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Tagging Along On A Wisconsin Man's Odyssey To Buy Insurance

The Obama administration says the experience is getting better, but what's it really like? We asked Doug Normington of Madison, Wis., to let us peek over his shoulder as he tries to buy health insurance through the federal exchange. After many tries, success.

High Insurance Rates Anger Some Ski-Country Coloradans

Gas, groceries and rents are all pricier in Summit and Eagle counties than in Denver, just a hundred miles away. Health insurance costs a lot more in these mountain communities, too, and some folks are crying foul. Their congressman — a Democrat — is asking the feds for relief.

Newtown Parents Seek A Clearer Window Into Violent Behavior

When Jeremy Richman and Jennifer Hensel lost their daughter in the Connecticut shooting, they couldn't understand why someone would do such a thing. In seeking an answer, they're funding research into the forces that increase a person's risk of aggression — and have also found a path to healing.

Some Young Athletes May Be More Vulnerable To Hits To The Head

Student athletes know they need to avoid concussions. But hits that don't cause concussion symptoms can affect the brain, too. Researchers are now trying to figure out who is most at risk from those smaller hits, and if they can be warned in advance.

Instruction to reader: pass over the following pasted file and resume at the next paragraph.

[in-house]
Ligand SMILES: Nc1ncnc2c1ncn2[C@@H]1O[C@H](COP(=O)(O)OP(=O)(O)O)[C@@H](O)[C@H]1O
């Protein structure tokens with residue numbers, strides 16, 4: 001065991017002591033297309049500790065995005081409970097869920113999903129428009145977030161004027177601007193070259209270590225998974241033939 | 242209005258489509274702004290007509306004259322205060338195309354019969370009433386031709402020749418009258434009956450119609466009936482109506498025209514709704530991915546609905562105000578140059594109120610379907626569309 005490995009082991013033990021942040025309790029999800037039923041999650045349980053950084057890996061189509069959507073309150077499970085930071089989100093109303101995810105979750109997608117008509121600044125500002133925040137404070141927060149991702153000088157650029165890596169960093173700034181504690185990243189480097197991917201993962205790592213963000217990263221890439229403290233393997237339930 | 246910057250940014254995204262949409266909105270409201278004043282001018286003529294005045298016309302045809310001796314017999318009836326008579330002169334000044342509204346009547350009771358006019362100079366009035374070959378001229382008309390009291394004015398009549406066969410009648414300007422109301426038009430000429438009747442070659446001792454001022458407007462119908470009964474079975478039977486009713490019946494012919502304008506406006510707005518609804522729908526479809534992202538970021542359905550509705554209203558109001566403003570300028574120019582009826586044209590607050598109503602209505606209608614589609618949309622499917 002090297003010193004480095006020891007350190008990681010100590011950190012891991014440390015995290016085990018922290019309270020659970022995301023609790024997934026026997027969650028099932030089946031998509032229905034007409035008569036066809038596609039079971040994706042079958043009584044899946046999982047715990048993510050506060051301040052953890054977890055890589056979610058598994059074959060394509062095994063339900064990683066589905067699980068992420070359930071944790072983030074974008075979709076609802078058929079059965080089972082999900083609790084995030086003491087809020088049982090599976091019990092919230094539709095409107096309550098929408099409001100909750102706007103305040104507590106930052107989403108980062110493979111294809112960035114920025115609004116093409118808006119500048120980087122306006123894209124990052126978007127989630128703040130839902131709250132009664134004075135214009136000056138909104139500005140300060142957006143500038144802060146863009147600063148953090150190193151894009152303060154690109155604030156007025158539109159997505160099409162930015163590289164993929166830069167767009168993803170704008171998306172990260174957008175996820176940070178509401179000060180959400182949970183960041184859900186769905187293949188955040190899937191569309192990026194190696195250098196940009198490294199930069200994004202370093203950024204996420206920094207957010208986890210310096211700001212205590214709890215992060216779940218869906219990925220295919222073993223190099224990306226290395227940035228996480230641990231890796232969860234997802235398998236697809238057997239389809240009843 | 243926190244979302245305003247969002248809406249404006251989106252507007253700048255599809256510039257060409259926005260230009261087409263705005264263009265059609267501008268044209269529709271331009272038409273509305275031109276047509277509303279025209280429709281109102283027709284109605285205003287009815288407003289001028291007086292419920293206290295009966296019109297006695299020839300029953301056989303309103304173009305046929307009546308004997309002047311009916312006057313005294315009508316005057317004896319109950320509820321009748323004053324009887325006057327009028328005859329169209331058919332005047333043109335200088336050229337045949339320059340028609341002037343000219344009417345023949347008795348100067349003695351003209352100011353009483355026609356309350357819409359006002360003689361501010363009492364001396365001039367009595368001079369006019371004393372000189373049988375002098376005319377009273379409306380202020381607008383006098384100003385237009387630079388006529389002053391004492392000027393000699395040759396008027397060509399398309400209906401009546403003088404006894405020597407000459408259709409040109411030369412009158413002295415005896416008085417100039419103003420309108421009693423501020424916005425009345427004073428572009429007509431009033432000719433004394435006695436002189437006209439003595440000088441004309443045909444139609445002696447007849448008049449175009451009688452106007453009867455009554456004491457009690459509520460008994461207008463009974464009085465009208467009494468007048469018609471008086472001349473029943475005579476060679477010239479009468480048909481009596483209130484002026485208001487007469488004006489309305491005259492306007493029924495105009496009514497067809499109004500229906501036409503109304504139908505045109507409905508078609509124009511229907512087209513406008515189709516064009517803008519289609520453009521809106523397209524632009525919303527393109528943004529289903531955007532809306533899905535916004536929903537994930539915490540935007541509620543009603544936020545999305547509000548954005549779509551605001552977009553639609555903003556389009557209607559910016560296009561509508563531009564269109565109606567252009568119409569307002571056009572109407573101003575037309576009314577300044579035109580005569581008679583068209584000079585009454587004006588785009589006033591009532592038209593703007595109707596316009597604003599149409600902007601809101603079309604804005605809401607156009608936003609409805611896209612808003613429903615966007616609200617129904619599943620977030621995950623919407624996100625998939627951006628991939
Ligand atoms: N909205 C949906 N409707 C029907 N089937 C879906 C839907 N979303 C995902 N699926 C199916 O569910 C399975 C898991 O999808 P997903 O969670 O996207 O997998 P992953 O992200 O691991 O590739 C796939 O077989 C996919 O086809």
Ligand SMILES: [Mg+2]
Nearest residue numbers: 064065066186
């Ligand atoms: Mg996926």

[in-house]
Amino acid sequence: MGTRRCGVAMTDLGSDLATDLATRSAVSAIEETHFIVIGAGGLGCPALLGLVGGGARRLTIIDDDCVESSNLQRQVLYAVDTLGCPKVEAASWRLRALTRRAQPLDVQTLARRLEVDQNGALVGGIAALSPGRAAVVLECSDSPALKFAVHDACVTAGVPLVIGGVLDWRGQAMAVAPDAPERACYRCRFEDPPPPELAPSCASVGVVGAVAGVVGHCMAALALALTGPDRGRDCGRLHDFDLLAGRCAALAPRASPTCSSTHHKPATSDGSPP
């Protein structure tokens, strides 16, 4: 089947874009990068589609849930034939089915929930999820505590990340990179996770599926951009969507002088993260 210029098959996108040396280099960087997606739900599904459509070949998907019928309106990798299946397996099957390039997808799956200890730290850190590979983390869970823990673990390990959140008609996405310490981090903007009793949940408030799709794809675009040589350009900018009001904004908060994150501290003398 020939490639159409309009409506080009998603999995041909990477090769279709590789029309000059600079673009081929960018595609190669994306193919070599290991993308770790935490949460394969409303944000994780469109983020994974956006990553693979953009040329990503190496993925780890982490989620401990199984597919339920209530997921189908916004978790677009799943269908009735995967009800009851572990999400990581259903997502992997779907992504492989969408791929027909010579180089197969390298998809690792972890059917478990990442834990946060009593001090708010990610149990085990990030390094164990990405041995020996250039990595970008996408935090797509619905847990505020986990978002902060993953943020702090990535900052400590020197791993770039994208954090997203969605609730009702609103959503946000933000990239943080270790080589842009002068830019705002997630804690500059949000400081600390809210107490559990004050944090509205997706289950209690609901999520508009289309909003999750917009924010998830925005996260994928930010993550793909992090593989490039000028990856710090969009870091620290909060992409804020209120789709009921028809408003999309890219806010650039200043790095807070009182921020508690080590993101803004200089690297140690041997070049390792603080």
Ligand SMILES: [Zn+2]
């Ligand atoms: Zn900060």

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Analysis: D.C. Health Care Exchange Causes Headaches On The Hill

Workers in certain Congressional offices were put on D.C.'s health care exchange, but as National Journal's Sam Baker explains, the roll-out has been bumpy.


Drug Companies Accept FDA Plan To Phase Out Some Animal Antibiotic Uses

The Food and Drug Administration Wednesday advised companies to change the labels on their drugs to make it illegal for livestock producers to use drugs for "growth promotion" or "feed efficiency." The announcement is the latest step in a long-running effort by the FDA to reduce the use of antibiotics in agriculture.

Sebelius Faced More Grilling From House, Despite Fixes

The White House released some upbeat enrollment numbers for the troubled health care law Wednesday, just as Health and Human Services Secretary Kathleen Sebelius headed back to Capitol Hill to face skeptical lawmakers.

Staph Germs Hide Out In The Hidden Recesses Of Your Nose

People who have surgery or are hospitalized for serious illnesses sometimes develop dangerous staph infections. The culprits can be bacteria that were living on people all along. Scientists say the germs thrive in remote parts of the nose that aren't typically tested. Other benign microbes might help keep the bad ones at bay.

Chowing Down On Meat, Dairy Alters Gut Bacteria A Lot, And Quickly

Shifting to a diet that's packed with pork, cheese and eggs has a big influence on the trillion of bacteria living in our guts, even after just a few days, new research shows. And some of these changes probably aren't so good. One type of microbe that flourishes under the meat-based diet has been linked to diseases in mice.

Health Exchange Enrollment By State, In 2 Charts

Because was barely functioning in October and much of November, the administration is falling far short of the 3.3 million people it has projected would sign up by the end of December. Still, federal officials say they're confident that 7 million people will have obtained insurance on the exchanges by the end of March.